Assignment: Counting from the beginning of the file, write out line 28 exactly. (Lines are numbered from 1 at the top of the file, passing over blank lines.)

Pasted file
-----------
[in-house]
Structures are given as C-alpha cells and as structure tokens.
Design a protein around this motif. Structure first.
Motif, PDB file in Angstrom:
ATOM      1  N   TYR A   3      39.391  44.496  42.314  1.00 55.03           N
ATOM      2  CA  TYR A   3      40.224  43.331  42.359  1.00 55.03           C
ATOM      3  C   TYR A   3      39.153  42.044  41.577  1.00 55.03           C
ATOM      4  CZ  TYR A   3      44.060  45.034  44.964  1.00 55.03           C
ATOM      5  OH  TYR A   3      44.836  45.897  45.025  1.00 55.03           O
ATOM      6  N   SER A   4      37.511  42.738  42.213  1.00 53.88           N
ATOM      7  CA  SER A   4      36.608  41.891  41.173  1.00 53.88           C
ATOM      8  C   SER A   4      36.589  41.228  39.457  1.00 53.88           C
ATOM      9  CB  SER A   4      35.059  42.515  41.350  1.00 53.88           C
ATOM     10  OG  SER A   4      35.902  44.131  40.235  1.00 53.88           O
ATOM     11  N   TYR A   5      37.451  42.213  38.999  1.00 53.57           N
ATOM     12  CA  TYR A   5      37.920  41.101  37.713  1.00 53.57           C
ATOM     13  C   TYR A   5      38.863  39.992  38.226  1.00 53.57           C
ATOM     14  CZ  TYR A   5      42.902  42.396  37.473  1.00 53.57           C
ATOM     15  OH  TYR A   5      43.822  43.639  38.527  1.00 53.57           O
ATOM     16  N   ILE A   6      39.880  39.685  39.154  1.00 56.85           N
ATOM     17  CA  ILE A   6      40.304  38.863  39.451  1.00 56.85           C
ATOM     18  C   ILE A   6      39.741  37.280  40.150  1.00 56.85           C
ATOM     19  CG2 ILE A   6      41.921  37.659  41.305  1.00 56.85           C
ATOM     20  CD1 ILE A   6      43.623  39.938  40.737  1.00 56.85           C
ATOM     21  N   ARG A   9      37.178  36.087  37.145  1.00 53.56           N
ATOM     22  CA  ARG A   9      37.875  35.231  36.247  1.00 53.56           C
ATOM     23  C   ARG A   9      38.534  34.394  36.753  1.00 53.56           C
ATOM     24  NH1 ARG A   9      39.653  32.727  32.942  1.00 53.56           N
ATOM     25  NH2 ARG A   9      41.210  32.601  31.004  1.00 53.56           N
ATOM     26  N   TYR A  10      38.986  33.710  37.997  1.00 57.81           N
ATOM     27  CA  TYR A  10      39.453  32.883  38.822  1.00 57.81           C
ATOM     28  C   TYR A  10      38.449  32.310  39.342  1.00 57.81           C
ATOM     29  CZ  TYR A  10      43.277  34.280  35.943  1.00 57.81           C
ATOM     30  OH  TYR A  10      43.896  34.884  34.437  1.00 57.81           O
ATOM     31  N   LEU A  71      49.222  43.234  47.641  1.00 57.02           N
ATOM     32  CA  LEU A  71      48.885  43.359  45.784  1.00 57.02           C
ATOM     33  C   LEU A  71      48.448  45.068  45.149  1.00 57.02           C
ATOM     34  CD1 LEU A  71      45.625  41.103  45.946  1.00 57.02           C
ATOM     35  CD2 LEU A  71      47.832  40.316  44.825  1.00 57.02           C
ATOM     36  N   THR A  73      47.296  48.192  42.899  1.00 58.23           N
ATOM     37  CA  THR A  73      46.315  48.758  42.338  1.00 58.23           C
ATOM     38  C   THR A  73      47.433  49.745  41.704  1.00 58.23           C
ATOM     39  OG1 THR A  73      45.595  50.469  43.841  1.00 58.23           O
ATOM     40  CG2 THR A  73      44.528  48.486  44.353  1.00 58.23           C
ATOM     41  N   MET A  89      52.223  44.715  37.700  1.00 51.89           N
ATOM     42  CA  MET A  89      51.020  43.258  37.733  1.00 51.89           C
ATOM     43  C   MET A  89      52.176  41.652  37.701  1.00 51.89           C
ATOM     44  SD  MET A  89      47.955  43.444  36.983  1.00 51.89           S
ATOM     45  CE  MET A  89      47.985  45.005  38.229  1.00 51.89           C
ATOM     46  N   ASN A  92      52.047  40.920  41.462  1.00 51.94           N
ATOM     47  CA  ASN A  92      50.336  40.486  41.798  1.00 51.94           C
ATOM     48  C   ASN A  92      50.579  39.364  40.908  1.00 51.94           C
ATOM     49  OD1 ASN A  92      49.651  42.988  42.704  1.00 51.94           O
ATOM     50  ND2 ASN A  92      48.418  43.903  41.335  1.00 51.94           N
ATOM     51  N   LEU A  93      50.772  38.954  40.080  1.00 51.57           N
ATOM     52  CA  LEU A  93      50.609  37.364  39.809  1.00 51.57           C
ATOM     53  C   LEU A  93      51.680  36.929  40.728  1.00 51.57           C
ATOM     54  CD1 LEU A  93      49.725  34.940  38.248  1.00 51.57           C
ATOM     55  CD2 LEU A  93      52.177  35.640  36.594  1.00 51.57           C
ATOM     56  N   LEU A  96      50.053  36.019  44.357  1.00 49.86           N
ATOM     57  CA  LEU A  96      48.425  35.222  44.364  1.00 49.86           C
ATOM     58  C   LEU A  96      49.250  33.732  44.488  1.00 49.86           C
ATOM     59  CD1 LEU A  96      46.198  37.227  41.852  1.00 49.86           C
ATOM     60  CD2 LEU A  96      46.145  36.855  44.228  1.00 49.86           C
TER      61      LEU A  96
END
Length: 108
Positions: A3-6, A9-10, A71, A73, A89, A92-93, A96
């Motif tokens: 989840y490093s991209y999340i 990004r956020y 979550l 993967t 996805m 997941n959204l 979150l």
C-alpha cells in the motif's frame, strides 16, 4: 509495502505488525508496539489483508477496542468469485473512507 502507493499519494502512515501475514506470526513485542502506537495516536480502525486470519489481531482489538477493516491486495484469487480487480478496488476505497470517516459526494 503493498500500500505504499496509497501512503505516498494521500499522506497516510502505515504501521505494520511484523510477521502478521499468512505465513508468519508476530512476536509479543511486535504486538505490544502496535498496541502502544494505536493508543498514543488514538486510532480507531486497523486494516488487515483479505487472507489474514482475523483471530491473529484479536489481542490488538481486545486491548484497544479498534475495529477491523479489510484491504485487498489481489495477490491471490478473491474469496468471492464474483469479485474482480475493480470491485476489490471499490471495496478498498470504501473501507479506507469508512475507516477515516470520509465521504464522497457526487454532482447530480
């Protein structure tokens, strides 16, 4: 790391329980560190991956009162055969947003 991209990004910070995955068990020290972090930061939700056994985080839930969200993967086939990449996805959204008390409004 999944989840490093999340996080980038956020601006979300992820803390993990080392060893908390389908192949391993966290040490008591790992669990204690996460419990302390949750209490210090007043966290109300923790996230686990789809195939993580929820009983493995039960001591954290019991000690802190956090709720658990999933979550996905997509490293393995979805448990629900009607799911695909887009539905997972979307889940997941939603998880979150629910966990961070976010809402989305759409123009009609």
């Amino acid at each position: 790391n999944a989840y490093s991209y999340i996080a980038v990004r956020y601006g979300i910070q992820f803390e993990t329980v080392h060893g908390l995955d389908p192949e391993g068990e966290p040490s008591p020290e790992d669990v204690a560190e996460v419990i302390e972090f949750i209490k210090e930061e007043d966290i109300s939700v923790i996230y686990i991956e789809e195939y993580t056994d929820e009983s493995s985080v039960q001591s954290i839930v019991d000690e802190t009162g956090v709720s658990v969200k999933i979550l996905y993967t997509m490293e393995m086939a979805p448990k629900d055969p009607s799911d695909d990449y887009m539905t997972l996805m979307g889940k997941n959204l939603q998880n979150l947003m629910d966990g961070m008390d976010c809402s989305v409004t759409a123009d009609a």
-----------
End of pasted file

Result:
ATOM     24  NH1 ARG A   9      39.653  32.727  32.942  1.00 53.56           N